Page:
Cash for Clunkers
I’m not sure exactly where Col got the idea of peddling his collection of cars and trucks for money. I mean Dan does like to remind the kids about children their age who are already toiling in the fields, babysitting a cadre of younger siblings, contributing, rather than simply draining everyone’s food, money, time and energy. “Contribute” still proves to be a relative term around here, like when Rose stubbornly sweeps the walls with her small broom and you can almost hear the piped in toddler screech of “I did it myyyy way.” Or when Col was 3 and I begged our friend Carsten to let Col help him build us a chicken coop. Col helped for two hours and when Carsten finished I asked how it went and he replied, “Oh, much faster once Col stopped helping.”
These cars and trucks Col wanted to put on the market were the same babies that just yesterday were so beloved Col had to untangle them from his blankets where they were scurrying around like sharp-cornered bedbugs. But that’s how it is with four year olds; ideas burst like sudden mountain storms and too bad if your umbrella is under the couch with the lego guy’s head. If I sprinkle some gentle reasoning into the discussion like honey, you were playing with those cars yesterday and having such a fun time, Col smells a power struggle simmering and can’t wait to take a huge gulp.
(Speaking of power struggles, just today Col was asking me about the marmosets in the Colorado mountains. I’m not exactly certain what a marmoset is but I am quite sure there is not a single one in Colorado. Except of course the very small ones that Col saw on a rock this summer. This line of arguing feels a bit like chatting with fundamentalists about sexual orientation. You know they’re wrong, but it’s still best to give a non-committal smile and change the subject).
It was a breathtaking Colorado afternoon, or at least it was on the south side of our house. On the north, which faces the street and the potential commerce of passers-by, it was already shaded and November-ish. First, some issues arose over where Rose could sit. “How about over there,” Col suggested, pointing to a spot about 300 miles away on the crumbling, oil-coated asphalt. True, Rose was being slightly annoying, the way she couldn’t seem to sit without leaning into Col like they were taking a sharp curve on a motorcycle together. And for the 8554th time I felt bad that these two have to eke it out together in this weird sibling matrimony just because of some fun frolics and random chance. You know, just because of this one egg and that sperm and then that other egg and that other sperm and now Rose has to spend a cold afternoon watching her brother sell crappy cars in front of our house.
Foot traffic was slow that afternoon and after a full 2 minutes of sitting and waiting Col got desperate. Seeing that Rose was virtually useless hanging around popping chokecherries into her lovely mouth, Col barked “can’t she go get some people to come by?” Poor Col. I could relate, feeling a little like a prostitute for readers on this blog, having considered asking my mom to assume fake identities and post reams of glowing comments. I explained to Col that no one wants to buy anything from a grumpy salesman. Not that a single person had walked by except the mailman who just shrugged from behind his ipod when Col shouted sort of aggressively “you wanna buy a car?”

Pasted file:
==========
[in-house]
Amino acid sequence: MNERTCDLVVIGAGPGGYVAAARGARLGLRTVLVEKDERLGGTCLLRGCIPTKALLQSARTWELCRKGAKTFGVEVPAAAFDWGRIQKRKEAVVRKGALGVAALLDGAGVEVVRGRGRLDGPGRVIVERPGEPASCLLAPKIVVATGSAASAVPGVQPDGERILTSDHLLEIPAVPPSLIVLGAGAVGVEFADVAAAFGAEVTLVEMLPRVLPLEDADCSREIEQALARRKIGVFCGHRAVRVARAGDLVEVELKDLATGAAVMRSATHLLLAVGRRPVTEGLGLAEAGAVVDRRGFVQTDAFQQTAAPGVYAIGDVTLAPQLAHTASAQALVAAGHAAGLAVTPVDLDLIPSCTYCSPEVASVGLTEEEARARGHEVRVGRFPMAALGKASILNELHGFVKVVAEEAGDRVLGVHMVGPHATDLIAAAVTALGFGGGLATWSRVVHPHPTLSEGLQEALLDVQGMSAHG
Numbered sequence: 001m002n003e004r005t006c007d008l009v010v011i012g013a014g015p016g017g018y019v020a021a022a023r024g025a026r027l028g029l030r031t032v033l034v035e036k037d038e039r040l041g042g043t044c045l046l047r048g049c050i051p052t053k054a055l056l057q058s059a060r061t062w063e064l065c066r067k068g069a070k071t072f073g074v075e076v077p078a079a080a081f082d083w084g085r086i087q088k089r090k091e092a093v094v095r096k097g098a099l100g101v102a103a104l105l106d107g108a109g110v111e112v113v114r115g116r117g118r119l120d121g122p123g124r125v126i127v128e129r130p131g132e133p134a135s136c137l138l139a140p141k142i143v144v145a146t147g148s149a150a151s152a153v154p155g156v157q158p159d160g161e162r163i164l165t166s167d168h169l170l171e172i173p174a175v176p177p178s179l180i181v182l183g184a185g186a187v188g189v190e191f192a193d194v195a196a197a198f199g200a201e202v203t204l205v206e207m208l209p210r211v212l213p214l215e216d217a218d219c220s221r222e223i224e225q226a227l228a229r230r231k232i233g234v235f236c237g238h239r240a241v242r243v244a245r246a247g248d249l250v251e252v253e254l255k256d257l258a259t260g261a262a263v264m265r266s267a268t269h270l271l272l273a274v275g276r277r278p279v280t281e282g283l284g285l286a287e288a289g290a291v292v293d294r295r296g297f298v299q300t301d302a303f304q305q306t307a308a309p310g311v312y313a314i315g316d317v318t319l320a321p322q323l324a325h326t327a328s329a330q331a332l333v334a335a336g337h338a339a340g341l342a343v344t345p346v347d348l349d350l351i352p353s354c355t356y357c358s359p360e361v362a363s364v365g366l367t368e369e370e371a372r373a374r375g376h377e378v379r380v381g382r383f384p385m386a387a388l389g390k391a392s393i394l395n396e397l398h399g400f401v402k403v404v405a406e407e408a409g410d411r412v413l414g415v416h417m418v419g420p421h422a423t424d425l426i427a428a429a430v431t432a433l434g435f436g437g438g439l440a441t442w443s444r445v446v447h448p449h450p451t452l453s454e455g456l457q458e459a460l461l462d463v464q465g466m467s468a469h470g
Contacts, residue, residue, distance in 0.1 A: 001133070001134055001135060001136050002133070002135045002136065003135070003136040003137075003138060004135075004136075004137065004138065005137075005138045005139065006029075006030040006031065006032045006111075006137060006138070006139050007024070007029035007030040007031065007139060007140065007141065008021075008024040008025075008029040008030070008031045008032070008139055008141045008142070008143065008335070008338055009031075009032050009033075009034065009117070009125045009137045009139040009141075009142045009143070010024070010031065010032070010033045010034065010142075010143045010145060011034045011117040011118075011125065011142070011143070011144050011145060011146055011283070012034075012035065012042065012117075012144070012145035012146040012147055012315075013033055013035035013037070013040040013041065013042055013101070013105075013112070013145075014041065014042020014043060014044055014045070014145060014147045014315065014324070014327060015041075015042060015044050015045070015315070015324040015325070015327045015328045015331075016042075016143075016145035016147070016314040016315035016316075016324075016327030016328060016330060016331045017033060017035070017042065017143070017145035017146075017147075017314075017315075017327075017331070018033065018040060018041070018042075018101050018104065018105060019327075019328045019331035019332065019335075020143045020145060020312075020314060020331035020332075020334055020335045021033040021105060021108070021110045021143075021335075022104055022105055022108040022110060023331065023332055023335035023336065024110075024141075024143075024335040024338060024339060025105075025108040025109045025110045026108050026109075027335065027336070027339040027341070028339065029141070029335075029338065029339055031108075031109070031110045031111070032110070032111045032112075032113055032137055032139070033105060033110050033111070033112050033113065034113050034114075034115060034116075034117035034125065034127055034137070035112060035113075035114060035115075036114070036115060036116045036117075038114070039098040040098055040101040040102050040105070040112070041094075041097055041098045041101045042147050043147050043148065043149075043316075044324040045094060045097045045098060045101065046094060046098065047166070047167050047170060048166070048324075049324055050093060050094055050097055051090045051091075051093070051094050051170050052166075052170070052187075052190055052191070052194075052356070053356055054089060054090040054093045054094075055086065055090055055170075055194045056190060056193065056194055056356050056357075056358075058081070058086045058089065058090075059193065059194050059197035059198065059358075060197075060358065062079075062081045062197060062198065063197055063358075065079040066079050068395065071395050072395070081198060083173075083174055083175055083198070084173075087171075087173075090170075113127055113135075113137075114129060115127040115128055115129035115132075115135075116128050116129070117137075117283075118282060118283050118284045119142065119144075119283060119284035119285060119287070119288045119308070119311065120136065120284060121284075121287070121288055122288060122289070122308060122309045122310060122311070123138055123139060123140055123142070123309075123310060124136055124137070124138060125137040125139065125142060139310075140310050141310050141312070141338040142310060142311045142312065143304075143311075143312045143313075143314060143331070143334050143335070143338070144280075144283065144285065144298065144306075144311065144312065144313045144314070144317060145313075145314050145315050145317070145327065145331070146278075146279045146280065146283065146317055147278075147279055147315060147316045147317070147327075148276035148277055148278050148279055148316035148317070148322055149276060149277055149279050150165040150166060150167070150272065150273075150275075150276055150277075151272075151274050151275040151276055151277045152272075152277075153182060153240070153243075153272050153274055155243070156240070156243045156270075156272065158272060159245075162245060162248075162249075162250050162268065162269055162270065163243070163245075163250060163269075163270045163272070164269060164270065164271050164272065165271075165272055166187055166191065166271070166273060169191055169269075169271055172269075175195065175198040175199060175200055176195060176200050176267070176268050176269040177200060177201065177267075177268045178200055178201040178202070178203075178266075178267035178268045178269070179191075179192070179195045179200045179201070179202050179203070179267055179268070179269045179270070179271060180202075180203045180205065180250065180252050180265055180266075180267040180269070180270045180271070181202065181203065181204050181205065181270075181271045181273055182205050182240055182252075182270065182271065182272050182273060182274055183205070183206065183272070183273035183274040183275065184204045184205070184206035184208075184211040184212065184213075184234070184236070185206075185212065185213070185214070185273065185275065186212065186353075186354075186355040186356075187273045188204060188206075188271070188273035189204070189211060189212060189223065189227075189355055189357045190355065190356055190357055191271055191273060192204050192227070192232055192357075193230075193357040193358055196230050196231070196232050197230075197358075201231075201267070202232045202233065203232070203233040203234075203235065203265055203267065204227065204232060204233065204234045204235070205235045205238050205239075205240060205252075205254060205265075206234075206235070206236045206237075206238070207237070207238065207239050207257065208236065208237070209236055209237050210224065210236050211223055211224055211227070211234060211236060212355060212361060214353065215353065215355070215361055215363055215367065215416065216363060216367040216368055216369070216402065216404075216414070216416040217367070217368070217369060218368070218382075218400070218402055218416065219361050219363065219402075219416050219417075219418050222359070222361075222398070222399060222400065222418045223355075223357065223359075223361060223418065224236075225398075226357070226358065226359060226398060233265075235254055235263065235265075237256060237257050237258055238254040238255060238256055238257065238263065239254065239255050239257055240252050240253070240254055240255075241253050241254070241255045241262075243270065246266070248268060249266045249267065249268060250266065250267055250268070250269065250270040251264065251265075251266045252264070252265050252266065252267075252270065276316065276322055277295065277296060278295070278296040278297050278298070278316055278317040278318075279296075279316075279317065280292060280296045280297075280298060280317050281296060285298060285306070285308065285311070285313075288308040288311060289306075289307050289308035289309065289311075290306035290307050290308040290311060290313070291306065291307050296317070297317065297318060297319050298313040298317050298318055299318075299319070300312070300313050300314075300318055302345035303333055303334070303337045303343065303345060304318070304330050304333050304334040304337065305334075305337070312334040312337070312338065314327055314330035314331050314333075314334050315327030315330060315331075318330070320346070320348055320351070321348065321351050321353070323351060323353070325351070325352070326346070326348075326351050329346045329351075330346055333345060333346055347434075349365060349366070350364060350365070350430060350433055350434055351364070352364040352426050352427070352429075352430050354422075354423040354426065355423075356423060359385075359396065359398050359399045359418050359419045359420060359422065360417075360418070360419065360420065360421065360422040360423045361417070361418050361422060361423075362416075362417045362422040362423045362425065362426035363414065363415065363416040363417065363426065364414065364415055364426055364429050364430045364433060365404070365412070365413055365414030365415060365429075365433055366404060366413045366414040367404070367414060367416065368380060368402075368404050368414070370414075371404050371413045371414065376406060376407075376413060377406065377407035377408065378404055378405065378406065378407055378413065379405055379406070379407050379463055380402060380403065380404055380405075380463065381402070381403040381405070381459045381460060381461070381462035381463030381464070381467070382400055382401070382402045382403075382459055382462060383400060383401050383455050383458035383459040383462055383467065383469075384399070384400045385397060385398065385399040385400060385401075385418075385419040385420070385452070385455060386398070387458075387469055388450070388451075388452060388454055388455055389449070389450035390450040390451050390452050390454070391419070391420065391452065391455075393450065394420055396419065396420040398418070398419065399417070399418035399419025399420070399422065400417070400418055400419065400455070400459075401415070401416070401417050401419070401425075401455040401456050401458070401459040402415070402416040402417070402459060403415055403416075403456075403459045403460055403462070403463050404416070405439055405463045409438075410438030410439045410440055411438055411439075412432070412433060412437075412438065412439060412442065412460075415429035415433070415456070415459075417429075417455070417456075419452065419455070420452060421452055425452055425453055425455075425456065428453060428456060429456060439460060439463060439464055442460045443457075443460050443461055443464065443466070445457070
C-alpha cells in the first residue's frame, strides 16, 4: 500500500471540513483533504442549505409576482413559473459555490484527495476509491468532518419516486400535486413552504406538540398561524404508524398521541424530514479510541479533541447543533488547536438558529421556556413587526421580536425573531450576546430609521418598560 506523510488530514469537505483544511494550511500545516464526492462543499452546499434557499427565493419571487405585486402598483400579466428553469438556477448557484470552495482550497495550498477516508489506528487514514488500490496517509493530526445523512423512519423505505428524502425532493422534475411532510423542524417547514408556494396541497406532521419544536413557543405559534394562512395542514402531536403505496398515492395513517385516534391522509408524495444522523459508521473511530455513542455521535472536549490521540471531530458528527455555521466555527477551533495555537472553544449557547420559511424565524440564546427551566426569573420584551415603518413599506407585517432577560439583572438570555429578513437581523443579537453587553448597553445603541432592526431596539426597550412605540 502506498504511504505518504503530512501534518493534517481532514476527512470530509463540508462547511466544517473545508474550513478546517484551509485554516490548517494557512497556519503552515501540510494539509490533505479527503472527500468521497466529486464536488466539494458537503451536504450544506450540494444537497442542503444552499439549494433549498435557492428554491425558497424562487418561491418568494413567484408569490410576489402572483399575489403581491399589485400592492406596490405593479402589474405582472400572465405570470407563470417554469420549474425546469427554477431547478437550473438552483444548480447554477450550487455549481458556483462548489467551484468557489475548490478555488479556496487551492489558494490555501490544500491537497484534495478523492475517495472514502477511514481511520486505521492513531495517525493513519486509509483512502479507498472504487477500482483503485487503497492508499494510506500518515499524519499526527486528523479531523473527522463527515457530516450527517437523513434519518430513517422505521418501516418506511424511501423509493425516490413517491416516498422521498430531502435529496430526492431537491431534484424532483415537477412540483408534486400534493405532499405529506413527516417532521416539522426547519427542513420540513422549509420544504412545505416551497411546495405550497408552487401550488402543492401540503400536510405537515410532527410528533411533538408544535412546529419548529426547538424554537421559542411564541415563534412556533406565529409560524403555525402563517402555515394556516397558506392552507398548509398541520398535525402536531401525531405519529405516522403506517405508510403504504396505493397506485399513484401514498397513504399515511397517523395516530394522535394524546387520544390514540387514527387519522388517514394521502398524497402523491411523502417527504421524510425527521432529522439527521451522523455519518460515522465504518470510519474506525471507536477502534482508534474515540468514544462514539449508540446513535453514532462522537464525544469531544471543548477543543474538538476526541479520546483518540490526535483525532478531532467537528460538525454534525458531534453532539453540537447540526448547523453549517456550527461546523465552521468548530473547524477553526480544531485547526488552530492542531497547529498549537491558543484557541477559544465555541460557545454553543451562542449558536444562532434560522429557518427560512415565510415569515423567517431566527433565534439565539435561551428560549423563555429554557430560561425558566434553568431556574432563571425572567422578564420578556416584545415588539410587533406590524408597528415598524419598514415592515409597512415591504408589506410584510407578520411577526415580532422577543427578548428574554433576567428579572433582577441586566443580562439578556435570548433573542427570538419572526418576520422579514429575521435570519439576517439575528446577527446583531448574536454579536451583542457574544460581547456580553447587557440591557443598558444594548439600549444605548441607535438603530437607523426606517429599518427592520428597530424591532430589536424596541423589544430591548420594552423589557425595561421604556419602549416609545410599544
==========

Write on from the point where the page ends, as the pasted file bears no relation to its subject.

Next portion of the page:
Finally I slipped Rose 50 cents and in a whispery pantomime instructed her to go buy a car from old sad sack. But 2 year olds don’t really understand subtlety or secrets. I thought my standing by Rose’s side at the table coaching her loudly on the transaction might ruin it for Col, but he triumphantly pocketed those two quarters as if he earned them honestly.
That first purchase set off a spree, in the very modest sense of the word, of luck for Col. A group of leggy teenagers loitered for awhile, fingering the jeeps and tow trucks until one finally said “I wish I could man, but I just don’t have the funds.” I should have told James Dean Jr. that lint from his pocket would have been acceptable currency at this point, but Col was already hurling his seriously clever sales pitch “you wanna buy a car?” at our neighbor who pulled up in his truck.
Our neighbor, bless his young, cool-guy heart, inquired on the price of an armored money truck. I should have coached Col better on this part because he spat back, “oh, ten dollars.” I was shaking my head furiously behind Col’s back, mouthing “one quarter,” flashing my pointer finger as in “one, just one,” and wondering vaguely when mothers stop trying to spin their son’s lives into success.
Apparently not when they’re 4, because after our generous neighbor laid down 75 cents on a truck, I appealed to our downstairs neighbors, Sage and Sharon to drop some change at Col’s booth. Then, another man stopped by and in a weird twist paid Col a dollar for a button from Rose’s collection, which wasn’t technically for sale. This made me feel terribly guilty like that Halloween when I was 8 and knocked on this bewildered guy’s door who after fumbling around his apartment, pushed a dollar into my small hand.
We called it a day after a sibling scuffle ensued over the gleaming coins and that one dollar bill, which I seriously considered pocketing for the 6-pack I always seem to feel I deserve right as that potent Southwestern sun is high-tailing it over the oakbrush hills.